Windows 7 Touch Screen Details Emerging, Reliability Questioned

Dennis Faas's picture

Microsoft has revealed more about Windows 7 and its support for touch screen technology. The system sounds impressive, however, reports suggest it appears to have a high error rate.

The Redmond-based company originally considered setting up a completely separate interface for software which used touch screens, similar to the way Media Center works. Instead, Microsoft opted to build everything into the main Windows 7 experience in order to cut down on switching back and forth between two interfaces.

When Windows 7 is used with a touch screen, there will now be some slight tweaks to make it easier to use. Most of these involve making commonly clicked icons and buttons larger and more finger-friendly. There's also an on-screen keyboard where each letter lights up as your finger hovers over it, the idea being to reduce typos.

Zoom In and Out In a Pinch

The Windows 7 touch screen system will be based around ten different input gestures. These include familiar ones such as taps and double taps, while pressing down and holding simulates right-clicking. Some of the more complex moves include pinching -- pulling two fingertips together or apart -- which carries out zooms. (Source:

While ten finger gestures will be no challenge to anyone who's ever played a complicated PC game, it may be a lot to learn for less-experienced computer users. That said, several of the gestures are only needed for very specific tasks such as rotating an image in a photo editing program.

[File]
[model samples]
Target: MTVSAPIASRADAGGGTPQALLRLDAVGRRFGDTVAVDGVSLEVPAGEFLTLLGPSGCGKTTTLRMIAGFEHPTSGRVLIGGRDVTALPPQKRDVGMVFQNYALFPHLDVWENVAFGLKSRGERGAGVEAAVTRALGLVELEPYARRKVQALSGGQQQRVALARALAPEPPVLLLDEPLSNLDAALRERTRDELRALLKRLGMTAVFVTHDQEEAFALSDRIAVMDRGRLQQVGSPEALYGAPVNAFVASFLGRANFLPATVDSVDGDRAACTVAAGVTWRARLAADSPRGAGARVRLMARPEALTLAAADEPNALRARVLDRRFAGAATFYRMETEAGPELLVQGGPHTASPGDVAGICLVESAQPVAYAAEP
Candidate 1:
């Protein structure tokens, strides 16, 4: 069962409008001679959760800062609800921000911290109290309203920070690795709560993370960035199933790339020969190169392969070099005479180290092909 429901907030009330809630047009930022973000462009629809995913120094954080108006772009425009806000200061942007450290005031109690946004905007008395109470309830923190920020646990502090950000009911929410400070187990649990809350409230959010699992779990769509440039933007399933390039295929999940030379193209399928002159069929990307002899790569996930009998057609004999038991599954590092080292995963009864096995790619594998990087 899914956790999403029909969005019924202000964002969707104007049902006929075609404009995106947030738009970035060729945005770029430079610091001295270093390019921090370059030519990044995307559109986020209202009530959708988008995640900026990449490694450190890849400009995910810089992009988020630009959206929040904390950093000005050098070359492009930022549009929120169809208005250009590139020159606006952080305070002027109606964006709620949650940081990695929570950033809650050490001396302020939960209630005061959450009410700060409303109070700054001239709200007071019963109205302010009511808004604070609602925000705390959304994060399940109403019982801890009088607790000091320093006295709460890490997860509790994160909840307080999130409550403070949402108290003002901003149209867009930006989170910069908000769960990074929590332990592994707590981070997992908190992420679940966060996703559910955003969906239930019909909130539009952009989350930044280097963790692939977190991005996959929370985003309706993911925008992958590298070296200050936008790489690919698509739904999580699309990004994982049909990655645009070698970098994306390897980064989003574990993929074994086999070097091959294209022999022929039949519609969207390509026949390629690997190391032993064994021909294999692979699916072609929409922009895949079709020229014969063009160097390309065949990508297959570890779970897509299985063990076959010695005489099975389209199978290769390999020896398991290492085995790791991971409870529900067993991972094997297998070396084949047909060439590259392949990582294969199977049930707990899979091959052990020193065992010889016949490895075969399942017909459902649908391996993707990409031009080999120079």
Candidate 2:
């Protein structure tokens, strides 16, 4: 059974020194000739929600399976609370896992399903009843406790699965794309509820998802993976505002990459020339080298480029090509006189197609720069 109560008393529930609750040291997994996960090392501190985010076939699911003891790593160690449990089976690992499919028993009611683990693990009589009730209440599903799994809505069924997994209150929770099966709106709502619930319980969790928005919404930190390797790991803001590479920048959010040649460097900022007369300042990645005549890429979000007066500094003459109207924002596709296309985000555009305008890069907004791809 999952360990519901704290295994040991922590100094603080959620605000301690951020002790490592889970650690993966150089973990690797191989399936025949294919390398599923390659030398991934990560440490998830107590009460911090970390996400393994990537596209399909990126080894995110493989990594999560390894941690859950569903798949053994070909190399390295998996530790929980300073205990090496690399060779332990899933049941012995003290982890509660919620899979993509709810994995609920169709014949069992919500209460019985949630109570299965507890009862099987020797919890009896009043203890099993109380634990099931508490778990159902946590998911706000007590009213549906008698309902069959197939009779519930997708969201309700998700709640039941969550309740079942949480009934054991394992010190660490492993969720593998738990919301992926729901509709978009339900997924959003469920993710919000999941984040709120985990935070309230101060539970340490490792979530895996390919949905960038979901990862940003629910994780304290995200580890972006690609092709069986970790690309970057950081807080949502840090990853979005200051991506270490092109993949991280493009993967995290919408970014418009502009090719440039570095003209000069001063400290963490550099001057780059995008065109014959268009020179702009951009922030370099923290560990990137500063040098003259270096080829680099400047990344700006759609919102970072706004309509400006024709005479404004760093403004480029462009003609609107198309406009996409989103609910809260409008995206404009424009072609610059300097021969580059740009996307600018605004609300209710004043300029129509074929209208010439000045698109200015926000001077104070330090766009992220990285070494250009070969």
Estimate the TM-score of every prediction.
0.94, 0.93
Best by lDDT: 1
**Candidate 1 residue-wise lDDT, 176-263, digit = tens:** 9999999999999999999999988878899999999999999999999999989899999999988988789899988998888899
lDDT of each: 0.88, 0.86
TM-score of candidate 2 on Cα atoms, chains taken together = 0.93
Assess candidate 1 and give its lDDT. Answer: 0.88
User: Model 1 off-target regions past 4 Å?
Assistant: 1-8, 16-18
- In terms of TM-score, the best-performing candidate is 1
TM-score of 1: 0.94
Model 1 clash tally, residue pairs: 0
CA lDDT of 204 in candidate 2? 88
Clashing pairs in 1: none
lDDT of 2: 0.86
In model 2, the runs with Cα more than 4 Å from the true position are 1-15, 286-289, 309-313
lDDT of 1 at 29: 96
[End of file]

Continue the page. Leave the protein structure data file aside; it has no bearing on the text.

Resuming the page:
Gestures Misread

In an early version of the system, Microsoft found some problems. For example, both the zoom and rotate functions worked less than 75% of the time, often because the computer confused the two.

To rectify this, engineers redesigned the system so that it only looks out for gestures specifically relevant to the program being used. This made a significant improvement: the zoom gesture was now recognized 90% of the time. (Source:

The problem is that even a 90% success rate may be too low. If you can imagine how frustrating it would be if one in ten keystrokes or mouse movements didn't do what you were intended, you can see why touch screen technology will need to be even more reliable if it's to truly improve the user experience.

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